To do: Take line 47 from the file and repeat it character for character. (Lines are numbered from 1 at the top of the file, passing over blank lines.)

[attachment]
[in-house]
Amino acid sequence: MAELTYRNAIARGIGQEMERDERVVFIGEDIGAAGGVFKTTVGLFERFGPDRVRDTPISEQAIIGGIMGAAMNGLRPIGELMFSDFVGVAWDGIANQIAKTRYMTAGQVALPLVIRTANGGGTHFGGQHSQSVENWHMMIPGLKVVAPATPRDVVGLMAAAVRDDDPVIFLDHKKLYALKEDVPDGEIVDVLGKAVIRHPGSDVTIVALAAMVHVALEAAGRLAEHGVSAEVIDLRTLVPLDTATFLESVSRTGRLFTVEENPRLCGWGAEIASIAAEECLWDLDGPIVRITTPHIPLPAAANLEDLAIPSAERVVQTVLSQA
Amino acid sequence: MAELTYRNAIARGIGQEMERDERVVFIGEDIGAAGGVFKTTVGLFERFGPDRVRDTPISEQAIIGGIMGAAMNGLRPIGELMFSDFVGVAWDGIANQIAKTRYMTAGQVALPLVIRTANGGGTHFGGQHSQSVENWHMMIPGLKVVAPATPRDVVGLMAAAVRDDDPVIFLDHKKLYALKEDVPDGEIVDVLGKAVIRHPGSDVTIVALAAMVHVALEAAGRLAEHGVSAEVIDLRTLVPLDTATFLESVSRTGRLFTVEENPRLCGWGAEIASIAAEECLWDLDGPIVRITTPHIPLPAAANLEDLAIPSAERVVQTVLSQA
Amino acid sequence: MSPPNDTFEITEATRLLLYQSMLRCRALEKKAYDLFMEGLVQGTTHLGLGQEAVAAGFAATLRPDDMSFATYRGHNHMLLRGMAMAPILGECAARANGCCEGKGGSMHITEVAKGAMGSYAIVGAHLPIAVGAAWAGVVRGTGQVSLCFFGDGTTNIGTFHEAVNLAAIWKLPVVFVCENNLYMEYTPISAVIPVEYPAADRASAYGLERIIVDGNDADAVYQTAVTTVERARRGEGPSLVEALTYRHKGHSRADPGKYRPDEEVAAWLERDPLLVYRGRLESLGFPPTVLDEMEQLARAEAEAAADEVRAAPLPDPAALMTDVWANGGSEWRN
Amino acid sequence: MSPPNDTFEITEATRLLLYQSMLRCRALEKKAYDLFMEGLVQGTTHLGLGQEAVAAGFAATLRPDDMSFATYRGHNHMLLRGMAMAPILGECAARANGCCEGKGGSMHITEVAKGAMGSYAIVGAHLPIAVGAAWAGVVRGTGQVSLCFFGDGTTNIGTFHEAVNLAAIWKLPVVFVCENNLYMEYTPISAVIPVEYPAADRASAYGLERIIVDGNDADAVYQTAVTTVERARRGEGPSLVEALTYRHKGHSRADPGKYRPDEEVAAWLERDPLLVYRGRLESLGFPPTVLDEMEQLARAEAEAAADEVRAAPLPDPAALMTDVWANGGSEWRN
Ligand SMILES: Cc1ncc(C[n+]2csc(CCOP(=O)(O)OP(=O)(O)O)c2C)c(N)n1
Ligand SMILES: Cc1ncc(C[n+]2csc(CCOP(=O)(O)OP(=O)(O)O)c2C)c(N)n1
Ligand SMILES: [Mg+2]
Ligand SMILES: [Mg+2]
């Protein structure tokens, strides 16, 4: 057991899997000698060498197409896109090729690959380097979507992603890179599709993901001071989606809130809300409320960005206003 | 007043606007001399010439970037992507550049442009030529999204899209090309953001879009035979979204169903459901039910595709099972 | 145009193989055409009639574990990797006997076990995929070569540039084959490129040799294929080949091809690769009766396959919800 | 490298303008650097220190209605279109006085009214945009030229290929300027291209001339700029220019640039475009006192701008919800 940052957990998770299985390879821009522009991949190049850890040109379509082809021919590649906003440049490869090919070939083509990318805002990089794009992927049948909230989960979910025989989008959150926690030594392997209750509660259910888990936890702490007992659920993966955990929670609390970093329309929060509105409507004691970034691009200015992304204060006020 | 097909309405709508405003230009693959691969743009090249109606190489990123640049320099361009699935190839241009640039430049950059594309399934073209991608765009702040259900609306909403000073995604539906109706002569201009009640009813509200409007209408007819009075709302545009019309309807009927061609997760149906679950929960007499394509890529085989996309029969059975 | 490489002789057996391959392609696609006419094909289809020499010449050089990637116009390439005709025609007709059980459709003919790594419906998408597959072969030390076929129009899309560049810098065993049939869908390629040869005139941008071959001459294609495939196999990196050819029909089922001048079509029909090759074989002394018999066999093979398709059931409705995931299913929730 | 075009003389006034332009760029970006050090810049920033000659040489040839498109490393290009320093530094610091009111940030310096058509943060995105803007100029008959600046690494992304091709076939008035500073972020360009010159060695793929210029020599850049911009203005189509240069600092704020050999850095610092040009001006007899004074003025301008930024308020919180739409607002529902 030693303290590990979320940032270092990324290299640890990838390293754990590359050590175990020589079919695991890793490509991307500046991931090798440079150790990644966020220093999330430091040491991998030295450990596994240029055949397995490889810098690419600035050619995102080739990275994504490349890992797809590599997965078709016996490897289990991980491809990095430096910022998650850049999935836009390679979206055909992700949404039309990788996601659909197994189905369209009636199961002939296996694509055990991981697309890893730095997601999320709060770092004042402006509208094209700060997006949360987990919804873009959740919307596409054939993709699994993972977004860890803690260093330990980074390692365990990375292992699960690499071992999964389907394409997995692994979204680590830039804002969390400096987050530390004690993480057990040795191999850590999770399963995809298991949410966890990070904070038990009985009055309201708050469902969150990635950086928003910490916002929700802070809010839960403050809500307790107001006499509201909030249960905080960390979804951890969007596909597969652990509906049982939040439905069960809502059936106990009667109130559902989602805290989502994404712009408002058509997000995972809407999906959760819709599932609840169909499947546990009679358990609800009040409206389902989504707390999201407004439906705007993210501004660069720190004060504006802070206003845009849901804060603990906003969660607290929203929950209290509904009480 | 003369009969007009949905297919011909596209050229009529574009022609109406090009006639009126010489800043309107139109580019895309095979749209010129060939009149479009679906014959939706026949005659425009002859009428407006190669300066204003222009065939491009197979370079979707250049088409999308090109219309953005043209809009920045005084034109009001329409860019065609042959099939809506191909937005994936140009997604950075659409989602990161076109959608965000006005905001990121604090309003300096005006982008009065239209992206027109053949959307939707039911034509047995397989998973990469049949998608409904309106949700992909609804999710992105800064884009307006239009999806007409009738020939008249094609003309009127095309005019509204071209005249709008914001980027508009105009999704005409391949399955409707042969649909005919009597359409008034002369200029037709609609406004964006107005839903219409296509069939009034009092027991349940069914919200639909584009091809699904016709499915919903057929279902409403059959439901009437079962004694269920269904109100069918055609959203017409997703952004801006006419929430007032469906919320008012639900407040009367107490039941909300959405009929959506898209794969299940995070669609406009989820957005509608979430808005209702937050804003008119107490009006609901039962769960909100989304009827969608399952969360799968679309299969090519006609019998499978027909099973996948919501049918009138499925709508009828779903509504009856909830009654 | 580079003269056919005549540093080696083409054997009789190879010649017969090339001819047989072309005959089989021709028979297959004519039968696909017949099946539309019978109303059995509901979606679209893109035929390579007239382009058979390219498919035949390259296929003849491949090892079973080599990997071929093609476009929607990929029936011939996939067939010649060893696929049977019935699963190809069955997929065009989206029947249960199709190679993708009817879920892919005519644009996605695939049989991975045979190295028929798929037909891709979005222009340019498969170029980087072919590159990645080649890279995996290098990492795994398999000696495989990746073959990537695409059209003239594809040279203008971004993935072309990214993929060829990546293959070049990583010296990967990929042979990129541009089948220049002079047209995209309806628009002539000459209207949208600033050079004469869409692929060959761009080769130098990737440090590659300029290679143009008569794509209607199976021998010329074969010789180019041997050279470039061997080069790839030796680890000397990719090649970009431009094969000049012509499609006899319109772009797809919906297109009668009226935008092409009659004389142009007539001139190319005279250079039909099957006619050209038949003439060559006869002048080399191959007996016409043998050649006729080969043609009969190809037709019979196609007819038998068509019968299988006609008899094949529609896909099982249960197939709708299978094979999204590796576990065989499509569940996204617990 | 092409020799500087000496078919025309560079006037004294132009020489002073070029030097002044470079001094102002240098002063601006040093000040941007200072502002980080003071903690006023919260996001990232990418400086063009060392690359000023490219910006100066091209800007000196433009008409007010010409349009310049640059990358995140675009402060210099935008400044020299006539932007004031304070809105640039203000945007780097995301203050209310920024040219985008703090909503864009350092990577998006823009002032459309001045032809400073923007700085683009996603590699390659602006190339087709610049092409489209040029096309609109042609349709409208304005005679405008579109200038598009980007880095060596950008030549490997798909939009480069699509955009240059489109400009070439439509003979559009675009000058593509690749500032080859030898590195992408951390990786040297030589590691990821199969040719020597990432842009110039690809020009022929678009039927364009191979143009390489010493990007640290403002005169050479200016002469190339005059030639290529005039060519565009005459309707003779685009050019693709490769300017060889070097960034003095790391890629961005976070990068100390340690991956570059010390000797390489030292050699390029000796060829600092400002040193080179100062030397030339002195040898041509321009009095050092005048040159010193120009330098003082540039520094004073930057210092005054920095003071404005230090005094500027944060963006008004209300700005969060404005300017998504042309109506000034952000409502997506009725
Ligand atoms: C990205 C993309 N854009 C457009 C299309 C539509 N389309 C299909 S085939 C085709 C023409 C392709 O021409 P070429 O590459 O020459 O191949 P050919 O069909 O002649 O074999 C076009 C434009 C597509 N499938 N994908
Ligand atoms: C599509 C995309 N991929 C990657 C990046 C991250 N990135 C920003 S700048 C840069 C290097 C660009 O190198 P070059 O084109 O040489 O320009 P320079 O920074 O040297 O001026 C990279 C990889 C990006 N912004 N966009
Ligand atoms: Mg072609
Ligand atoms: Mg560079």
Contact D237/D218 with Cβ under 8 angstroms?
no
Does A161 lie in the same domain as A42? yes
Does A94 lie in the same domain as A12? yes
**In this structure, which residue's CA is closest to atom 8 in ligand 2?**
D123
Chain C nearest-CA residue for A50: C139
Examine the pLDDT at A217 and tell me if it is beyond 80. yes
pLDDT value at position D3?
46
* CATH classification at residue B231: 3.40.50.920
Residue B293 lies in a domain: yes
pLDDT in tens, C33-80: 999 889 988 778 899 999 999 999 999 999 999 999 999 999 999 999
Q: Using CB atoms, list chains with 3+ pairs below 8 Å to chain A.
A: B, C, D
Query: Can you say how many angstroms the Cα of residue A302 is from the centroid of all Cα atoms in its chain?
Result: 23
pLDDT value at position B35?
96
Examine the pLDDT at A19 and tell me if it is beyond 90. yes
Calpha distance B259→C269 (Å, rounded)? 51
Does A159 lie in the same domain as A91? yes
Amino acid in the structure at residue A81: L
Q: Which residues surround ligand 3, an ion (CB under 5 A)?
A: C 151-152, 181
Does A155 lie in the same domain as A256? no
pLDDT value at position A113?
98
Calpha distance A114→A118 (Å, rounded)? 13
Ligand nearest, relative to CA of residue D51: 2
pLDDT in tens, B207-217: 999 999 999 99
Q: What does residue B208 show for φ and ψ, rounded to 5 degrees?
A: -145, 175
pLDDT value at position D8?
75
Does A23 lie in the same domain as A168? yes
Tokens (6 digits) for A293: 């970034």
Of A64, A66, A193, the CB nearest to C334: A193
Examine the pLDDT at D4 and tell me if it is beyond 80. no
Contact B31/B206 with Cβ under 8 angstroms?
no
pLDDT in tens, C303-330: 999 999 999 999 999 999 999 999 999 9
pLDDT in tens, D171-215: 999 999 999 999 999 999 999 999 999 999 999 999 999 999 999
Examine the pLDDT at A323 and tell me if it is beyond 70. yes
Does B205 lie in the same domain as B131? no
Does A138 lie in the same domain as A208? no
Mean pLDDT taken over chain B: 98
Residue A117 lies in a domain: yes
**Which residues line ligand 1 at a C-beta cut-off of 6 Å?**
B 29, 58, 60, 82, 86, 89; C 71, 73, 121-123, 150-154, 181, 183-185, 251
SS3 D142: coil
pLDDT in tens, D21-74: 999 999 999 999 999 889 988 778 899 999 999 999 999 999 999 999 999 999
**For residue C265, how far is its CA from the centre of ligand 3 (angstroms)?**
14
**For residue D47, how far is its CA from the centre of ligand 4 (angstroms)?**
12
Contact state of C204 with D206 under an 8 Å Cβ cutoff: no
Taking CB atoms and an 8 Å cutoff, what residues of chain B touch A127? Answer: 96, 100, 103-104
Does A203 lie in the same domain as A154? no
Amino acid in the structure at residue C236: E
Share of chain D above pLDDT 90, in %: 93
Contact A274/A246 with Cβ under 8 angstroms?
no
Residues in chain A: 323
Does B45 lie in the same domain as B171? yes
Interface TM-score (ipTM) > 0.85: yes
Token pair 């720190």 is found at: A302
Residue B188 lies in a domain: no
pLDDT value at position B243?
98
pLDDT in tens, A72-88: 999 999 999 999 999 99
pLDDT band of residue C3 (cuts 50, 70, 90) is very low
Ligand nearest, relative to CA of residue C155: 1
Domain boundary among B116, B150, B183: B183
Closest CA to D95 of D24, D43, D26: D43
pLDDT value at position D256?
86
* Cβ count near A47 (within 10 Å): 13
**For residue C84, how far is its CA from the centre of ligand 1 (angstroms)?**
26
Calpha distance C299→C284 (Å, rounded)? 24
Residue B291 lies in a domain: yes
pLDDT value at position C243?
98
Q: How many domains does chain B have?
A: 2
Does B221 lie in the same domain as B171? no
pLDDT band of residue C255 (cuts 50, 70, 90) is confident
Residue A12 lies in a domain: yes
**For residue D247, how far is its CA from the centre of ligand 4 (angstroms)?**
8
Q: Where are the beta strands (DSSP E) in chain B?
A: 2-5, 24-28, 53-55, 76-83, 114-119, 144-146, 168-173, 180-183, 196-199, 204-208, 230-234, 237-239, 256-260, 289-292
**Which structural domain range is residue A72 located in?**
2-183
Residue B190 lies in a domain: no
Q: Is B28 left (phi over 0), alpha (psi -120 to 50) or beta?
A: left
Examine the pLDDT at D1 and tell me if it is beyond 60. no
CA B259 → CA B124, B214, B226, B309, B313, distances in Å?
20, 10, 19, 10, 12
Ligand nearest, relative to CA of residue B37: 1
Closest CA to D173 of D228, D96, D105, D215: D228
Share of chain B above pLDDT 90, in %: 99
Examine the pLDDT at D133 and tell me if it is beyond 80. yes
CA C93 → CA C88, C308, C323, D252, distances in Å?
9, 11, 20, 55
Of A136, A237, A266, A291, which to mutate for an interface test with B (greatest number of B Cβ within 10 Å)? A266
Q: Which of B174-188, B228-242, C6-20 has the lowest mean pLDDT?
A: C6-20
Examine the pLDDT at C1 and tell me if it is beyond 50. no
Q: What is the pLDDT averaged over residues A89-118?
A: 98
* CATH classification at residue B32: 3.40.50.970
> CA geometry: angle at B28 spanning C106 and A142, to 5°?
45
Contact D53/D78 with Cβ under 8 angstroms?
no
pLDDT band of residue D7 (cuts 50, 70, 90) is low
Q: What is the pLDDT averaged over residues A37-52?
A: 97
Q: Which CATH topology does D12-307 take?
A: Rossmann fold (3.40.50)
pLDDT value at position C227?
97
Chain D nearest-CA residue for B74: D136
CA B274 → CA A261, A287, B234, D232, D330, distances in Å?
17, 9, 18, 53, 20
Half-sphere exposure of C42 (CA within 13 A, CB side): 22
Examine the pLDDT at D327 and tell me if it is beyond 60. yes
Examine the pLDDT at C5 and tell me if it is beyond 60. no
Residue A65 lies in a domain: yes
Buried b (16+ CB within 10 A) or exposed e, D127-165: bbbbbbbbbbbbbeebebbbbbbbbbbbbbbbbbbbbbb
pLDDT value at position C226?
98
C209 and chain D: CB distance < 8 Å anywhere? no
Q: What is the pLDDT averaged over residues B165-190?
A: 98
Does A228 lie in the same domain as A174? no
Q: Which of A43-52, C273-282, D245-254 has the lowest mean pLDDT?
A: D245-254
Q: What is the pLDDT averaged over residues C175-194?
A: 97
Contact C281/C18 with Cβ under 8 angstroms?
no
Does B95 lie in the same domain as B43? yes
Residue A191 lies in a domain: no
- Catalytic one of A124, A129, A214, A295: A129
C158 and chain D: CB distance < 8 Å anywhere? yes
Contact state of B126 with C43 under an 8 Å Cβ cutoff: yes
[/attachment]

A: -145, 175